Azerbaijan – The Heydar Aliyev Centre of Baku

Throughout all my visits to Baku, Azerbaijan, there has been one building, of many great ones I may add, that has filled me with the wow factor. The Heydar Aliyev Centre, stands as a huge unique building, to say the least, and until today I hadn’t had the opportunity to explore and take a closer look. Well today was the day, and it did not disappoint one bit!

I took a few moments to wander around the outside. To see it with your own eyes does it so much more justice than 2D photographs. It is hard to show just how flowing the building is to perfection. Baku was until not too long ago a sprawling mass of block buildings from the soviet era. In all my visits I have seen a lot of change, especially in the modern architecture and this building is one of the pinnacles of that wonderful change to modern times. The building flows in all directions in line with how a natural landscape would be in the area. Plus no matter where you stand as you walk around it, it looks completely different in shape.

The designer and architect was non other than the late Iraqi-British architect Zaha Hadid. An architect very well known the world over who was made a Dame by the Queen and also won the highest prize for architecture in the UK, The Stirling Prize. Known in media circles in the UK as ‘The Queen of the curve’ I can look at the Heydar Aliyev Centre and see quite a bit why! Other famous buildings designed by Zaha Hadid include The Aquatics Centre for London 2012, the Broad Art Museum in Michigan USA and the Guangzhou Opera House in China.

I had only been on the outside and was in awe of the place, time to get closer and take a step inside 🙂

The wows keep on coming from within. The curves, the flows, the topography of the landscape still shows. And the light! The light shining through the windows into the open white spaces is hard to describe and hard to show.


Every single minute bit of detail has been looked at in years of design for this building. Take the sweeping stairs for example, looking up them you see stairs and curves. But from the top you can look back down and the stairs themselves seem to disappear and blend in, giving it a wall/slide effect.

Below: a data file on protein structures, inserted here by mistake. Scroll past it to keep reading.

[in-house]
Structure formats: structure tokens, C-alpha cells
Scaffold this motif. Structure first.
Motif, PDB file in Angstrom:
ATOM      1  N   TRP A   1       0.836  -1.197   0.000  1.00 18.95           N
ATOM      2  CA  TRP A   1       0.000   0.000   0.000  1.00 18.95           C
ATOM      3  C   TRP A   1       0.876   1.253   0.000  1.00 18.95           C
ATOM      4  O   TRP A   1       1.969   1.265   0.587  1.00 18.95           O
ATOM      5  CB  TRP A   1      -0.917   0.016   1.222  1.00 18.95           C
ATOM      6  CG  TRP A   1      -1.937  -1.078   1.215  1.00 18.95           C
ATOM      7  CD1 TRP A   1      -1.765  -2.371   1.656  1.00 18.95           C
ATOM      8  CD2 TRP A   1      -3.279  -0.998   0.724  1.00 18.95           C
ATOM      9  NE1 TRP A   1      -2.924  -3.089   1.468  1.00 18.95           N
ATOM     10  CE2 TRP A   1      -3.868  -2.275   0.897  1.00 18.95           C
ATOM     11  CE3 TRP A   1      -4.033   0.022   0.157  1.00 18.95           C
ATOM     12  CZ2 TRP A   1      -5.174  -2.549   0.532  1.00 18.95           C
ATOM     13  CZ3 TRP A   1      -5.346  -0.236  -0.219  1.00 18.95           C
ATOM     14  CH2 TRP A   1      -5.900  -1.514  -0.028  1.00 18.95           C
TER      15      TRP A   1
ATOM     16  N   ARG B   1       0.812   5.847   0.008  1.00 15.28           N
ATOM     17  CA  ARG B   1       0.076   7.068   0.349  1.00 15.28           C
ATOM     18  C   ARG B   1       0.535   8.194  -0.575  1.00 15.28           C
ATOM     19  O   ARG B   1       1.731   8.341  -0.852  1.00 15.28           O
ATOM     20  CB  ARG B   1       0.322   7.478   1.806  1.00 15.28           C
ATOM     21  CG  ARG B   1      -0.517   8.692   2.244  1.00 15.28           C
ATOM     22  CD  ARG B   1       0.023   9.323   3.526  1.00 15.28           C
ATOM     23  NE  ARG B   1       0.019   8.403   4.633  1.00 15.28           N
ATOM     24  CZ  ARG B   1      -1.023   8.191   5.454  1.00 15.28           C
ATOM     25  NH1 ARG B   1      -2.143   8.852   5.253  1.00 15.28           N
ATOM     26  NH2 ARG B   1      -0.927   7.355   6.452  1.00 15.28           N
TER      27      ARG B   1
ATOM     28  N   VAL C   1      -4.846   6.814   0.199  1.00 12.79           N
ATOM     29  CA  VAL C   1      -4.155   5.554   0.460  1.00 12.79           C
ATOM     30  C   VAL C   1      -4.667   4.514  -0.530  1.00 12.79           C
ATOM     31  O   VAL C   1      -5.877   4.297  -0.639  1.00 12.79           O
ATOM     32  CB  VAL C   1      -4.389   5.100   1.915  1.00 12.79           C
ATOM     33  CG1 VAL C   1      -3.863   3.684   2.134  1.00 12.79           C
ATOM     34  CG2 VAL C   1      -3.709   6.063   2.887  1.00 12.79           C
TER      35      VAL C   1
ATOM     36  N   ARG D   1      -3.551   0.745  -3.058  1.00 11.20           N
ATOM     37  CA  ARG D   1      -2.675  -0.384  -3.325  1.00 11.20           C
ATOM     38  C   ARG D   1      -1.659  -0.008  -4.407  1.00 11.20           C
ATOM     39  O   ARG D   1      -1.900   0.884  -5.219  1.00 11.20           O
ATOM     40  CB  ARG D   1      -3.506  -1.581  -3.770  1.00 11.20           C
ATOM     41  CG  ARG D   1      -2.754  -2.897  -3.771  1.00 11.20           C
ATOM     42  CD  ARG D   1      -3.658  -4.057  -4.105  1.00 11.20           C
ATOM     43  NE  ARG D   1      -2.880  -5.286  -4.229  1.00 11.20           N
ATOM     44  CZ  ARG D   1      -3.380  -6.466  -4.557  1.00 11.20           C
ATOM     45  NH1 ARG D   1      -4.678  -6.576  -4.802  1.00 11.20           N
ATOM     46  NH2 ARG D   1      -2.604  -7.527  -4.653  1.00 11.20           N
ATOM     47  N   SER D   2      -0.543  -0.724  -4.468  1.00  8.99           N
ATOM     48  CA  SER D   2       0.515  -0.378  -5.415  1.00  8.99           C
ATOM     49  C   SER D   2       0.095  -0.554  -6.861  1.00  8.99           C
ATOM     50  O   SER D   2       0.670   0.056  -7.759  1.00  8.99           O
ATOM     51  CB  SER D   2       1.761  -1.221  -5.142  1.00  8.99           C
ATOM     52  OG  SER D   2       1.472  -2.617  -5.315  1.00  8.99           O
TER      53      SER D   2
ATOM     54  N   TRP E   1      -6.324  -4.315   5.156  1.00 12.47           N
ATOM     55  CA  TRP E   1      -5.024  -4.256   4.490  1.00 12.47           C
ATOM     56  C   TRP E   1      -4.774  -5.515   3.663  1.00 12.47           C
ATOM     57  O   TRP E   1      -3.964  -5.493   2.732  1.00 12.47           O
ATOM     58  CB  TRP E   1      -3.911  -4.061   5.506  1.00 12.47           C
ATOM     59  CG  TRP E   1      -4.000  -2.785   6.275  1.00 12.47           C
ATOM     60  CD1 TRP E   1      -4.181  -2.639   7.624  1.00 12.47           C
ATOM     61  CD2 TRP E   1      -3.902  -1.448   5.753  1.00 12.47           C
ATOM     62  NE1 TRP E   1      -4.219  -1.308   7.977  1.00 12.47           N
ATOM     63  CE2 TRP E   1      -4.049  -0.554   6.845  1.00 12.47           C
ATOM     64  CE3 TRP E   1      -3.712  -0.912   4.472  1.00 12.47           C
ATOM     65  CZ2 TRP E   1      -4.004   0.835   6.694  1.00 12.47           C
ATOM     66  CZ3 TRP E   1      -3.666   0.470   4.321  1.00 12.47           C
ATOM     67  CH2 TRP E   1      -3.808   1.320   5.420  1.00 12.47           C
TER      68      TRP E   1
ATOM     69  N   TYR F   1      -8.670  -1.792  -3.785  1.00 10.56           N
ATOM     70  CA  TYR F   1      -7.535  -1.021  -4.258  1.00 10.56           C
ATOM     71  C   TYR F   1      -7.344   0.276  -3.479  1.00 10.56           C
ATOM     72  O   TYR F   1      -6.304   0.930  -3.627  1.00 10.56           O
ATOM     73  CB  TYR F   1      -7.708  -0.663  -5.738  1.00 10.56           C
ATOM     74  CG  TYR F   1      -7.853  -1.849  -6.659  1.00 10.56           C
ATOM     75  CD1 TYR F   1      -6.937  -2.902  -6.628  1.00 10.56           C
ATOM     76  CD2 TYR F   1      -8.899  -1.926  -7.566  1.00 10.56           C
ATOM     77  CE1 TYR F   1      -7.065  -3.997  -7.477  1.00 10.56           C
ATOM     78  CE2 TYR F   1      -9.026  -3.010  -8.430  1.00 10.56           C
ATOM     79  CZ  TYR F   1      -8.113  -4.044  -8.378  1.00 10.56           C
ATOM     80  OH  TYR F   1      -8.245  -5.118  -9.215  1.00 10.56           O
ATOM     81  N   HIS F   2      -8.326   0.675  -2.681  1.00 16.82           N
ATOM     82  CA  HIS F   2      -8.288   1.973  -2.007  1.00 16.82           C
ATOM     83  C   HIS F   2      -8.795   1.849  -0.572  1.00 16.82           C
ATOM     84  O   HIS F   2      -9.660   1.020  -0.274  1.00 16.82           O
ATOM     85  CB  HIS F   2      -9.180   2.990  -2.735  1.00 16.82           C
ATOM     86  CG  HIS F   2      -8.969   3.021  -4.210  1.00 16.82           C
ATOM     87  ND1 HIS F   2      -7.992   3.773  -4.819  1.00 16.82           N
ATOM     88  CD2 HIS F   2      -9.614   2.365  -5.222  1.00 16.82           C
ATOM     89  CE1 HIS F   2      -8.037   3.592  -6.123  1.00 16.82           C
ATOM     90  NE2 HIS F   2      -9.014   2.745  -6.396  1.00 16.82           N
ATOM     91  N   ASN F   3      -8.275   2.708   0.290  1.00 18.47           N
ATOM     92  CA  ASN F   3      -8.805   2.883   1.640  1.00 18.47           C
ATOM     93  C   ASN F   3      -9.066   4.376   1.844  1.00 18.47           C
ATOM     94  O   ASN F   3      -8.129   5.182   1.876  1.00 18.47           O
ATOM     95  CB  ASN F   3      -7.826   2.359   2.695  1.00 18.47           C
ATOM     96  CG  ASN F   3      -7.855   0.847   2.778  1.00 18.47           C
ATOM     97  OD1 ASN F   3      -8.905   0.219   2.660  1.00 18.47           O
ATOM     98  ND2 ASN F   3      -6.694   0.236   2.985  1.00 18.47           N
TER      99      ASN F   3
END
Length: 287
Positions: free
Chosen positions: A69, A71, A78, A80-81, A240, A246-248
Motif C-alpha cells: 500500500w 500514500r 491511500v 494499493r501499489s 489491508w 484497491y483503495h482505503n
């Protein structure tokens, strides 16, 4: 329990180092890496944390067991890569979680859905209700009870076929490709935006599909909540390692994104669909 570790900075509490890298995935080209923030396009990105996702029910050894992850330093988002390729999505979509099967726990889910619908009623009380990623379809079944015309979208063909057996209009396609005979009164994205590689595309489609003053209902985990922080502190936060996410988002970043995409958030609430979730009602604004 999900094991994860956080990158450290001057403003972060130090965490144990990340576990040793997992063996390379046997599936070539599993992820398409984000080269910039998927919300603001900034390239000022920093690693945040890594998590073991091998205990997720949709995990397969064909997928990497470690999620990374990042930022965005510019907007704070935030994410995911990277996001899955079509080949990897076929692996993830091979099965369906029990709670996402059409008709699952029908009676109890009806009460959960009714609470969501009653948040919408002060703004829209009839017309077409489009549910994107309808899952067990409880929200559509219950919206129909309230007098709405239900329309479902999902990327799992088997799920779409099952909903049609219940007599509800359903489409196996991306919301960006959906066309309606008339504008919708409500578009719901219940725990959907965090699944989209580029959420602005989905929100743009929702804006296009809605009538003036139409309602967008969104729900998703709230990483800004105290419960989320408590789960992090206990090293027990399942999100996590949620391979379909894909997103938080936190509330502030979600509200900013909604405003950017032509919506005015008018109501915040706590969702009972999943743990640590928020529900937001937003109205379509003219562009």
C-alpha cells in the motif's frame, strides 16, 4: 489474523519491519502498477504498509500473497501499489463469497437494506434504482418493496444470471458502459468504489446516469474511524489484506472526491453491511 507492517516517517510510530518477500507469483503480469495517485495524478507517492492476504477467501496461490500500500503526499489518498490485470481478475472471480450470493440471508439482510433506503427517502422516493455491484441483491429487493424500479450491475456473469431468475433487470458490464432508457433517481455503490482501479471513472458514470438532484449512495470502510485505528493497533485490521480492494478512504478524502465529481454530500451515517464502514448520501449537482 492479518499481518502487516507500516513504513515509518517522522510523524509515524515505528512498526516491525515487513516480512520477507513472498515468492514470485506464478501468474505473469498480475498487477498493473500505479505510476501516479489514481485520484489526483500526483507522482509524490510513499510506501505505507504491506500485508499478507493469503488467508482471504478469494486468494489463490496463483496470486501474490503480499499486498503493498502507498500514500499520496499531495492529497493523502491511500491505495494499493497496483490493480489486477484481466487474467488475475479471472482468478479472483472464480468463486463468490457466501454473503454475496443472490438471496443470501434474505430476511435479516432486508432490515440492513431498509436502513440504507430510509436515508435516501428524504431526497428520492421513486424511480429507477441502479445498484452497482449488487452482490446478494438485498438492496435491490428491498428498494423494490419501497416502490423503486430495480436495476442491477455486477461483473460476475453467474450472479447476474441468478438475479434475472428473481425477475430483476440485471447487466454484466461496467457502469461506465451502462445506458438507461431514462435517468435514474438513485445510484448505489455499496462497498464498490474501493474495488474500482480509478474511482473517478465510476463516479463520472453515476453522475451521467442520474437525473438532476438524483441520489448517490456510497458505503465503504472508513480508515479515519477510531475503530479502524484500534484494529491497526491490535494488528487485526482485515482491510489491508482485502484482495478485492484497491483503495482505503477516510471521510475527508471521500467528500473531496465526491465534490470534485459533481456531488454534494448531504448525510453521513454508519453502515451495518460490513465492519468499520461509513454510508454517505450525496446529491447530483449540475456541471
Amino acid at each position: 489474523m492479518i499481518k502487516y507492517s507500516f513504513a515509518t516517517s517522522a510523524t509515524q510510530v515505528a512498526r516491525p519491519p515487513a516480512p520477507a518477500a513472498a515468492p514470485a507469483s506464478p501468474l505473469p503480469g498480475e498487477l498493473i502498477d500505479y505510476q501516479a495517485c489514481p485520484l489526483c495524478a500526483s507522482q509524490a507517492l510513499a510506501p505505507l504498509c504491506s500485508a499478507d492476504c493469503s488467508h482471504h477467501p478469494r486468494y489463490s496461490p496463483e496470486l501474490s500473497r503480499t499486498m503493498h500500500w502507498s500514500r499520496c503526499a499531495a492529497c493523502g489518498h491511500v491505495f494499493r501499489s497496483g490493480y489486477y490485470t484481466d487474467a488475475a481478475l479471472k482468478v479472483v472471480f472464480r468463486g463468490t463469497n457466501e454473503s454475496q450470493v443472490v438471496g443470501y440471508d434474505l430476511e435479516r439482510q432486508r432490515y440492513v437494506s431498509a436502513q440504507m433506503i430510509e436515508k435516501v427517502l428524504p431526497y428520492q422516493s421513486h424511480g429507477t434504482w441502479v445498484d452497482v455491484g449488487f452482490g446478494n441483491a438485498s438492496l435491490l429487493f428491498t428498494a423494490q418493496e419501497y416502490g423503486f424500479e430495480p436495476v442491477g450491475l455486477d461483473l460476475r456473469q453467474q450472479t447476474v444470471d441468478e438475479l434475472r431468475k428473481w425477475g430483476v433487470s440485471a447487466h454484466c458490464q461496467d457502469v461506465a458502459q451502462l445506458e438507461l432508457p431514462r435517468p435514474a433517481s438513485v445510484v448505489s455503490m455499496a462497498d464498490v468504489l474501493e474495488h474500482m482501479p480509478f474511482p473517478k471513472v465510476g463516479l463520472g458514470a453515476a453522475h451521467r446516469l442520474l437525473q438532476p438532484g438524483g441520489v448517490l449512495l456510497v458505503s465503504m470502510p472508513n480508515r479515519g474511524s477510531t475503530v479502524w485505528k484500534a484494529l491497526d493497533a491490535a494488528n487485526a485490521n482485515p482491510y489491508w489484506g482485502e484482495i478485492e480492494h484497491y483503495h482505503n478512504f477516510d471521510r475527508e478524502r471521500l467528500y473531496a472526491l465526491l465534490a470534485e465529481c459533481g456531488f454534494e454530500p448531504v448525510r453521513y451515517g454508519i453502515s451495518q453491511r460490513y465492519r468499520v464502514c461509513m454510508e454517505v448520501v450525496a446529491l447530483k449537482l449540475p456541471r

The ambience within is something that I could not work out how it was done. The ceilings were high and curved, so much open space, yet I could hardly hear any of the people in the vicinity talking. It was an ambience that led to a true calmness and wonder, especially with all the white and light.

If you ever want a rest you could also relax amongst the gardens within. Real and not fake green gardens with trees to sit amongst to have your coffee, tea or a meeting? 🙂

On the first floor I took in the museum that has many items on display that show Azerbaijan through the ages. From traditional clothing to musical instruments, to other designs throughout the city. A little Baku all in one space so to speak.

Beneath the building is a real special treat to anybody that like vintage cars, and I mean lots of pristine vintage cars. I spent a while looking myself but sorry, no photos allowed I am afraid. Spotless Cadillacs, Model Ford Ts, too many cars to name here but a favourite of mine was the old Porsche Tractor.

I took another look in wonder at the inside and then stepped back out the door, into the sunshine and the open park space outside around the building.

Local people and tourists alike had come to this part of Baku to enjoy the sunshine, some downtime, and the backdrop. I was gutted I had never made it to the building in the past but have made up for it now. I must stress that The Heydar Aliyev Centre you need to discover with your own eyes and senses.

Written by Paul Steele

Paul is the founder and Editor of the site. An avid hiker and trekker. Travel, adventure and photography are passions that he combines to make his articles here. Likes to see the positive in everything.


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